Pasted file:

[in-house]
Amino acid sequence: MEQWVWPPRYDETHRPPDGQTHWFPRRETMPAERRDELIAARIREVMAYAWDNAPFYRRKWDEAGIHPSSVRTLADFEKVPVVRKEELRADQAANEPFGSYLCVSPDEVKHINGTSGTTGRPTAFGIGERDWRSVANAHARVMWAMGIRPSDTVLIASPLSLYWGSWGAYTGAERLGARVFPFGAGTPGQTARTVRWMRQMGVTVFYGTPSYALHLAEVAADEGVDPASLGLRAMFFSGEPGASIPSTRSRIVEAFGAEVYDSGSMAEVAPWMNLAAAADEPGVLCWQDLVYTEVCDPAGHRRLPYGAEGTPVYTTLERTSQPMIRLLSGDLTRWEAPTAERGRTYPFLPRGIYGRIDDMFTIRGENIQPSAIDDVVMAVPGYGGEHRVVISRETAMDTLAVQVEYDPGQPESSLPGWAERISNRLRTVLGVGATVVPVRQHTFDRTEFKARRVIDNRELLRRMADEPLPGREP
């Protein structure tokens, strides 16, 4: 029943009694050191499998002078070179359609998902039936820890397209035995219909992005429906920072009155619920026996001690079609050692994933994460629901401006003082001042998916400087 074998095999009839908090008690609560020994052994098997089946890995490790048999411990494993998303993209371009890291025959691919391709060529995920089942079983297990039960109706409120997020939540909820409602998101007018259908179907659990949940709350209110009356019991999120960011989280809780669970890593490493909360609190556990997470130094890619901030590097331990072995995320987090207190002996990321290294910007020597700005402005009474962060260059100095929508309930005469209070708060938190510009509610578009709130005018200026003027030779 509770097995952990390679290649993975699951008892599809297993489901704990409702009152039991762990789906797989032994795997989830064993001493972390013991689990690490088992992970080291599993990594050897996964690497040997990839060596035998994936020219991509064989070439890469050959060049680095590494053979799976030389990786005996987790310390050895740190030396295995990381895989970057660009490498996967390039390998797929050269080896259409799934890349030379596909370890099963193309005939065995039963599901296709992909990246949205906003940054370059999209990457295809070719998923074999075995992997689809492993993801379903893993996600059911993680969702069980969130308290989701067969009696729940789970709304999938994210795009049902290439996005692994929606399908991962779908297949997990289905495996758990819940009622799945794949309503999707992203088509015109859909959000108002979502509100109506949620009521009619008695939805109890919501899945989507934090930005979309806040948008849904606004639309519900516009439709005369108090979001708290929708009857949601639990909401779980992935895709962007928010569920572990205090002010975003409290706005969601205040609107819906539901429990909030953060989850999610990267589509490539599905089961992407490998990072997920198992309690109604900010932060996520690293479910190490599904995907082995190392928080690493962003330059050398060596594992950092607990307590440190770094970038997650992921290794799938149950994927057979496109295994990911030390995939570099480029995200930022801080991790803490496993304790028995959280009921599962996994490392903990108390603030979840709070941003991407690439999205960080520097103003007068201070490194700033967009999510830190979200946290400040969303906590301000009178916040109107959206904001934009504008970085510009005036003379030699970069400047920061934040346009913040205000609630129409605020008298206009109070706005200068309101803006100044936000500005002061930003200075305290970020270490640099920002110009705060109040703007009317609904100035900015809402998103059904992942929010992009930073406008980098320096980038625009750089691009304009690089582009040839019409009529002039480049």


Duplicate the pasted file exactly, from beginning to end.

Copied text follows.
[in-house]
Amino acid sequence: MEQWVWPPRYDETHRPPDGQTHWFPRRETMPAERRDELIAARIREVMAYAWDNAPFYRRKWDEAGIHPSSVRTLADFEKVPVVRKEELRADQAANEPFGSYLCVSPDEVKHINGTSGTTGRPTAFGIGERDWRSVANAHARVMWAMGIRPSDTVLIASPLSLYWGSWGAYTGAERLGARVFPFGAGTPGQTARTVRWMRQMGVTVFYGTPSYALHLAEVAADEGVDPASLGLRAMFFSGEPGASIPSTRSRIVEAFGAEVYDSGSMAEVAPWMNLAAAADEPGVLCWQDLVYTEVCDPAGHRRLPYGAEGTPVYTTLERTSQPMIRLLSGDLTRWEAPTAERGRTYPFLPRGIYGRIDDMFTIRGENIQPSAIDDVVMAVPGYGGEHRVVISRETAMDTLAVQVEYDPGQPESSLPGWAERISNRLRTVLGVGATVVPVRQHTFDRTEFKARRVIDNRELLRRMADEPLPGREP
């Protein structure tokens, strides 16, 4: 029943009694050191499998002078070179359609998902039936820890397209035995219909992005429906920072009155619920026996001690079609050692994933994460629901401006003082001042998916400087 074998095999009839908090008690609560020994052994098997089946890995490790048999411990494993998303993209371009890291025959691919391709060529995920089942079983297990039960109706409120997020939540909820409602998101007018259908179907659990949940709350209110009356019991999120960011989280809780669970890593490493909360609190556990997470130094890619901030590097331990072995995320987090207190002996990321290294910007020597700005402005009474962060260059100095929508309930005469209070708060938190510009509610578009709130005018200026003027030779 509770097995952990390679290649993975699951008892599809297993489901704990409702009152039991762990789906797989032994795997989830064993001493972390013991689990690490088992992970080291599993990594050897996964690497040997990839060596035998994936020219991509064989070439890469050959060049680095590494053979799976030389990786005996987790310390050895740190030396295995990381895989970057660009490498996967390039390998797929050269080896259409799934890349030379596909370890099963193309005939065995039963599901296709992909990246949205906003940054370059999209990457295809070719998923074999075995992997689809492993993801379903893993996600059911993680969702069980969130308290989701067969009696729940789970709304999938994210795009049902290439996005692994929606399908991962779908297949997990289905495996758990819940009622799945794949309503999707992203088509015109859909959000108002979502509100109506949620009521009619008695939805109890919501899945989507934090930005979309806040948008849904606004639309519900516009439709005369108090979001708290929708009857949601639990909401779980992935895709962007928010569920572990205090002010975003409290706005969601205040609107819906539901429990909030953060989850999610990267589509490539599905089961992407490998990072997920198992309690109604900010932060996520690293479910190490599904995907082995190392928080690493962003330059050398060596594992950092607990307590440190770094970038997650992921290794799938149950994927057979496109295994990911030390995939570099480029995200930022801080991790803490496993304790028995959280009921599962996994490392903990108390603030979840709070941003991407690439999205960080520097103003007068201070490194700033967009999510830190979200946290400040969303906590301000009178916040109107959206904001934009504008970085510009005036003379030699970069400047920061934040346009913040205000609630129409605020008298206009109070706005200068309101803006100044936000500005002061930003200075305290970020270490640099920002110009705060109040703007009317609904100035900015809402998103059904992942929010992009930073406008980098320096980038625009750089691009304009690089582009040839019409009529002039480049």